Skip to content

Speech by State Secretary Modéer, Global State of Democracy, IDEA


15 November, 2017.
Check against delivery.

Mr. Secretary General, Ladies and Gentlemen,

Allow me, on behalf of my Government, begin by congratulating the team at International IDEA, to a job very well done.

For us working with international development cooperation on a daily basis, this is a much welcome addition to the toolbox of strengthening democratic governance.

The Global State of Democracy will help us gain a deeper understanding of the different contexts and challenges that democracies are facing today.

It will help us to make well-considered decisions and to tweak our efforts to be better suited to their purpose.

The timing could not have been better. As the world changes, so does the challenges presented to democracy, and our need to understand them - today probably more than ever before.


It’s not only our moral obligation but also in our vital interest to support democratic development around the world.

Democracy is a precondition for economic and social development and closely linked to the Global Goals of the Agenda 2030, and in particular, Development Goal 16 on peace, justice and strong institutions.

Sweden’s democracy support seeks to pave the way for people to assert and actively exercise their civil and political rights and thus increase influence over the conditions and societies in which they live.

To achieve that we support a range of different actors working with democracy on the global arena, from the United Nations and the European Union, to international organisations and networks, such as IDEA.

Supporting and defending a wide range of civil society organisations is also a priority for Sweden.

Unfortunately, growing difficulties for pro-democracy activities, human rights defenders and a shrinking space for civil society in many countries is making our mission ever more relevant.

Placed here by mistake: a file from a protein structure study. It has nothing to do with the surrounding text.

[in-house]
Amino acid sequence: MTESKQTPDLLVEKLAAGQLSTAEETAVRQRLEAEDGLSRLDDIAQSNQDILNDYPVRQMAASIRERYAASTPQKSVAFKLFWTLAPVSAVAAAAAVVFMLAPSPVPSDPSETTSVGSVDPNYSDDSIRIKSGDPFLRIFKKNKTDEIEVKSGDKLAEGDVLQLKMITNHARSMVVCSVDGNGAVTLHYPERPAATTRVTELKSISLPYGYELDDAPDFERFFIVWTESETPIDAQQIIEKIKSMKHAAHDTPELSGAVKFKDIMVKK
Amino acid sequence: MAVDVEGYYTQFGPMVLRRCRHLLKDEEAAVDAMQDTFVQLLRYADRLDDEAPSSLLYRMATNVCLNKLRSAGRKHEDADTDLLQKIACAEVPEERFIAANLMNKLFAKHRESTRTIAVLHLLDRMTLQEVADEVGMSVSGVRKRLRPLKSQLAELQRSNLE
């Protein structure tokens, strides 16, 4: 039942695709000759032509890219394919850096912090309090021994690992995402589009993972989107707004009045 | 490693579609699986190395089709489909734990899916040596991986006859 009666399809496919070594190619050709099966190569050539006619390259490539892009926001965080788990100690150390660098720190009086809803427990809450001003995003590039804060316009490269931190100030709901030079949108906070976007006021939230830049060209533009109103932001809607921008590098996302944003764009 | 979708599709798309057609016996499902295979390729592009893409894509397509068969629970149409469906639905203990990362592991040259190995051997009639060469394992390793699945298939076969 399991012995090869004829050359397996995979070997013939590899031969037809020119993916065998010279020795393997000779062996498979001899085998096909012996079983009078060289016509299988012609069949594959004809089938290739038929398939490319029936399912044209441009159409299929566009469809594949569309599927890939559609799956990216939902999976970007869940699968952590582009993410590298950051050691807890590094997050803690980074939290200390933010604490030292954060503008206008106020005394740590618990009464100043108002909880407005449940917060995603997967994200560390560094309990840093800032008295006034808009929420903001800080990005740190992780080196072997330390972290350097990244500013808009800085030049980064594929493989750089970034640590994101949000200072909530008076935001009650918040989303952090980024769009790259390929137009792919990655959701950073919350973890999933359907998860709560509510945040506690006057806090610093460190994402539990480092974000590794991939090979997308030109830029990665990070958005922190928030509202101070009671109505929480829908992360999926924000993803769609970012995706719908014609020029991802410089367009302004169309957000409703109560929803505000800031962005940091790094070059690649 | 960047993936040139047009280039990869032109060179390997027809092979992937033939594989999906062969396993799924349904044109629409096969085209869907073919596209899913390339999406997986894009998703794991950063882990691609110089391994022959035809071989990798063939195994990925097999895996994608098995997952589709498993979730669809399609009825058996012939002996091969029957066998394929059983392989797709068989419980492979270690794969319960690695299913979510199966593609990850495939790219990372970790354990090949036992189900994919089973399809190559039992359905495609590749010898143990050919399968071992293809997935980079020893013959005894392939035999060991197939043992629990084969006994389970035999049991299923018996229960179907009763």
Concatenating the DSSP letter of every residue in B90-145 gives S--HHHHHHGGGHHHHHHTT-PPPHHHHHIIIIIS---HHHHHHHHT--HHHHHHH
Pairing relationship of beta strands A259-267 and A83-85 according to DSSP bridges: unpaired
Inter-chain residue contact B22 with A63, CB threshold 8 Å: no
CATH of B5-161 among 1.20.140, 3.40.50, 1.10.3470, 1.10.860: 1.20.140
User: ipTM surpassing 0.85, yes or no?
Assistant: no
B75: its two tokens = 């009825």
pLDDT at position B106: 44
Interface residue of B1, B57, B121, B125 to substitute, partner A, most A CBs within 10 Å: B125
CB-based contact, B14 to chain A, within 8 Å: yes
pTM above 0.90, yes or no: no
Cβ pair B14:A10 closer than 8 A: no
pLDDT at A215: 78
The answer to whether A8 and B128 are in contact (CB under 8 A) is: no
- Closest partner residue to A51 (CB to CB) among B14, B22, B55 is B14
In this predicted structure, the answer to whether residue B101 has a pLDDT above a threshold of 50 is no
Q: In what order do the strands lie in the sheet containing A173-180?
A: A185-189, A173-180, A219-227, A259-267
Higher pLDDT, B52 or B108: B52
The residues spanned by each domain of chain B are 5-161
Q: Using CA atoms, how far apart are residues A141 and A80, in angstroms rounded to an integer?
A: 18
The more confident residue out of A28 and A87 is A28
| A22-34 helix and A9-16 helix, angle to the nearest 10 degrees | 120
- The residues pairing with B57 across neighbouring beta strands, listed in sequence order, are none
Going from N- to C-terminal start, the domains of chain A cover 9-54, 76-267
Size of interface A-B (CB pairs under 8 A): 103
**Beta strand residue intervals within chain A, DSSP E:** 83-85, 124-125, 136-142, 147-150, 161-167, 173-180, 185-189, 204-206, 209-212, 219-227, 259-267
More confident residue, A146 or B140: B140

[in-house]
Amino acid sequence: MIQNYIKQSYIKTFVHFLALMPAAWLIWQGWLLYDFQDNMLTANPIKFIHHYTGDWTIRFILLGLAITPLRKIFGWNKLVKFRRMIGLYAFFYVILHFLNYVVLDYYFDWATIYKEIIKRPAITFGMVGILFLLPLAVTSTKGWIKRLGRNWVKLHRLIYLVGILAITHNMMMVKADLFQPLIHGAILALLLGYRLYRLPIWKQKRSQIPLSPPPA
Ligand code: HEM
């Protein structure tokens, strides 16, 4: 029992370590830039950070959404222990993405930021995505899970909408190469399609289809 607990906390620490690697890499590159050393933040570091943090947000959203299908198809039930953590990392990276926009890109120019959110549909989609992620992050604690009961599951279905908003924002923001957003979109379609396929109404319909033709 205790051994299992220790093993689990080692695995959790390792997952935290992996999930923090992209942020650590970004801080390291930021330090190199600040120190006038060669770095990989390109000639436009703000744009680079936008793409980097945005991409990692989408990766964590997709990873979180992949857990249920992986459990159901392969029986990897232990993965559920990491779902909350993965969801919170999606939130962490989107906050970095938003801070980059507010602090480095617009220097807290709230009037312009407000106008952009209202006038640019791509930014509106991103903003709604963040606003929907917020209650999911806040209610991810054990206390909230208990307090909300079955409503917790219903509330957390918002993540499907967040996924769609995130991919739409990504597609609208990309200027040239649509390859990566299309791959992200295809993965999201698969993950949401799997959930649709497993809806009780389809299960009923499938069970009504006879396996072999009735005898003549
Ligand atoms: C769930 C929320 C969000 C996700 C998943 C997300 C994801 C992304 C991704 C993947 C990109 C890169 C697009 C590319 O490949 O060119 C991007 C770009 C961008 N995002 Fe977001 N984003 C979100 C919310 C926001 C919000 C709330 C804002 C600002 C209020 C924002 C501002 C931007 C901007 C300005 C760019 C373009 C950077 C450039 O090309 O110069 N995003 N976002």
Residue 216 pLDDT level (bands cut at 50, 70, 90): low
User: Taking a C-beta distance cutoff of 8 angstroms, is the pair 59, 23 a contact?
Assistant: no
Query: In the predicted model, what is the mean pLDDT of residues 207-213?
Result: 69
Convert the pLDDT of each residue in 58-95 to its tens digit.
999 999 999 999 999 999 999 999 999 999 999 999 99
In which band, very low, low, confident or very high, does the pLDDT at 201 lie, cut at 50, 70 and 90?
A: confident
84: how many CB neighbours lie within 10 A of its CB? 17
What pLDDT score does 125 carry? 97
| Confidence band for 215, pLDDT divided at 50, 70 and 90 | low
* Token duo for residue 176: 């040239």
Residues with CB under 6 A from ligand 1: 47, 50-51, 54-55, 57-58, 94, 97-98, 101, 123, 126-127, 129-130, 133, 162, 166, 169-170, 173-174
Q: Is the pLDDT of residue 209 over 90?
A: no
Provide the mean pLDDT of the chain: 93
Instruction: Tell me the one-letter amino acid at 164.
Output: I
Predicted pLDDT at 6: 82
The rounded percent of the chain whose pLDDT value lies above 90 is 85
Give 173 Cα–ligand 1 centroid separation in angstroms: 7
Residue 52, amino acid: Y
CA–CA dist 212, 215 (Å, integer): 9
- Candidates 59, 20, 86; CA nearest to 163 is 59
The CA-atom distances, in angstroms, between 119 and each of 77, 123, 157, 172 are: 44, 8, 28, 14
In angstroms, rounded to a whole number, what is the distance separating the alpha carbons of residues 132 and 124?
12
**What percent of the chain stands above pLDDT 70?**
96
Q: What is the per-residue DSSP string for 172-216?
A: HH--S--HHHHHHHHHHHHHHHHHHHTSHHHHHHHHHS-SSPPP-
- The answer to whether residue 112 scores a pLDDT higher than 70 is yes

The global clampdown on civil society has deepened and accelerated in recent years.

It is not a coincidence that over a hundred governments have introduced restrictive laws limiting the operations of civil society organisations.

As an example, since 2012, more than 120 laws constraining the freedoms of association or assembly have been proposed or enacted in 60 countries.

They have realized, just as much as we, the potential of a vibrant and free civil society as drivers of change in terms of strengthening democracy and people’s participation.

They are scared to be held accountable. To be scrutinised. They are scared to be judged on the basis of their ability to provide equal opportunities and rights to all people.

Most of all, they are scared to lose power.


In a world where facts are secondary to opinion, a free and independent media is becoming increasingly important, especially to counter disinformation.

Free, impartial information is crucial to everybody’s ability to develop informed opinions on different issues and take an active part in political life.

Fact-checking and countering disinformation to protect democratic principles and norms will become more important going forward.

Sweden’s support for independent media, exchanges and training for journalists will continue. We also have to take measures to inform our citizens on the importance of this issue.


If we want to remain relevant and effective in our democracy support we need to develop new strategies and work more closely together, in partnerships, networks and informal constellations.

Your presences here today contribute to that end as you have gathered to talk about democracy - challenges, opportunities and the way forward.

There is a need for donors to adapt aid tools and methods to a new reality. Hopefully we can benefit from your discussions going forward.

With the ambition to focus our efforts to this end I can also inform you that we are currently drafting a comprehensive strategy on Swedish support to protect and promote human rights, democracy and the rule of law.

What the current situation shows us is, I believe, that the benefits of democracy should not be taken for granted. That is why it is especially pleasing to note that there are young persons also in the audience today. Your views and opinions on democracy and what it means are vital! Take the opportunity and engage today!

Thank you